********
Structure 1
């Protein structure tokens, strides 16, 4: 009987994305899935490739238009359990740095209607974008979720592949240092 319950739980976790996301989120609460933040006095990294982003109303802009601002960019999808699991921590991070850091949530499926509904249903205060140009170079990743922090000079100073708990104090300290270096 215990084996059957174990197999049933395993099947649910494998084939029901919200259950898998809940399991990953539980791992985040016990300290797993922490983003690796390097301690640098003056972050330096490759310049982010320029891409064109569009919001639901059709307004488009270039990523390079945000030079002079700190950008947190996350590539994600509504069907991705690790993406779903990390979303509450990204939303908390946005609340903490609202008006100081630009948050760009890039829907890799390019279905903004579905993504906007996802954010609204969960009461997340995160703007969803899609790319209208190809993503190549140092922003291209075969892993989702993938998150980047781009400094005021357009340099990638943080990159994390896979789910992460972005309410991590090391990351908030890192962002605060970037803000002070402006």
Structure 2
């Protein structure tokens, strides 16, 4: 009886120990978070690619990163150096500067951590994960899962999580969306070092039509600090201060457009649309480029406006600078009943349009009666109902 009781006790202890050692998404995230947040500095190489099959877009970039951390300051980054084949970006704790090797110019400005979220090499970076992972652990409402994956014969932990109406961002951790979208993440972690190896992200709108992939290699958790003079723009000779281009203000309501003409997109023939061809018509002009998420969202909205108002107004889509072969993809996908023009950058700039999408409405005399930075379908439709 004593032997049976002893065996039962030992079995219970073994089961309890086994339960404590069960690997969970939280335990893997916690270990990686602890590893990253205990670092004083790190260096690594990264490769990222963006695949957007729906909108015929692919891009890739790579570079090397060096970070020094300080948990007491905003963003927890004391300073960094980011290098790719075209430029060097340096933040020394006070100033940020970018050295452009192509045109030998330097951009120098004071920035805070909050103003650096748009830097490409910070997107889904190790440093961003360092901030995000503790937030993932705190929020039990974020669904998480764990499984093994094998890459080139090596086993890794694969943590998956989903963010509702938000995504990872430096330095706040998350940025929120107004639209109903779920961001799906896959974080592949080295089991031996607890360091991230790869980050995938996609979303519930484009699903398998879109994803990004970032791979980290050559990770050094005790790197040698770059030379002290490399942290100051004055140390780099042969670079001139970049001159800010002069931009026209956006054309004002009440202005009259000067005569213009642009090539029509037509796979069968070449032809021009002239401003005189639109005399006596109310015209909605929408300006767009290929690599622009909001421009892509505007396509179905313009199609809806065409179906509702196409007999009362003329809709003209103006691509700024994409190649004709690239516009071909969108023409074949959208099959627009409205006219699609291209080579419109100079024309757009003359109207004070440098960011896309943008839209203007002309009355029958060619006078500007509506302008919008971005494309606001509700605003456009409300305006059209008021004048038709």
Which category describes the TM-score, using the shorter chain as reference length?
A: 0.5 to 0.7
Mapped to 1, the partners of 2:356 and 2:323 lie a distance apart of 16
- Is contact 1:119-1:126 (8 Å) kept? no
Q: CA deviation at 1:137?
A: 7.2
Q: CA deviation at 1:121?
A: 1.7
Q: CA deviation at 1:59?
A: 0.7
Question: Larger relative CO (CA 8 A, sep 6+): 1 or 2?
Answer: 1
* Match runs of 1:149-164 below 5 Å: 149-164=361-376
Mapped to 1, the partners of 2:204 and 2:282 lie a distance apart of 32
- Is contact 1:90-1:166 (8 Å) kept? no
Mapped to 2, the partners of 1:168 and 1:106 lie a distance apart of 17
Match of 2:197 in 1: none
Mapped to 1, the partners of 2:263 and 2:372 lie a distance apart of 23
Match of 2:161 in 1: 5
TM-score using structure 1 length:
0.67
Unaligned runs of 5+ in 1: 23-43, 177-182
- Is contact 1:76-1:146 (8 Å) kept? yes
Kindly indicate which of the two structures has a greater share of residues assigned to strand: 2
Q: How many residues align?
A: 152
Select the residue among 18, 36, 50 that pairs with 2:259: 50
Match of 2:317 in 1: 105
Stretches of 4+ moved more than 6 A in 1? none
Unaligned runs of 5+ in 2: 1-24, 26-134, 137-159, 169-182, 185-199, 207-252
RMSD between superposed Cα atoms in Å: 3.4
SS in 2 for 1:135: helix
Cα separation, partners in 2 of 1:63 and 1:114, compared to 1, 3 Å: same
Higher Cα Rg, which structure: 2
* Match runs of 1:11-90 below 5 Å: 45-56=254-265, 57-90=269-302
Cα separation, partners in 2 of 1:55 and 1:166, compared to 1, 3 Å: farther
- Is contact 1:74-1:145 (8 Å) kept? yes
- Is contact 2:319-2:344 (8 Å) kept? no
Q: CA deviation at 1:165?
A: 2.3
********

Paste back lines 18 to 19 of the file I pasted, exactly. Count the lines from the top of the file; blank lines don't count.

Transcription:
Mapped to 1, the partners of 2:204 and 2:282 lie a distance apart of 32
- Is contact 1:90-1:166 (8 Å) kept? no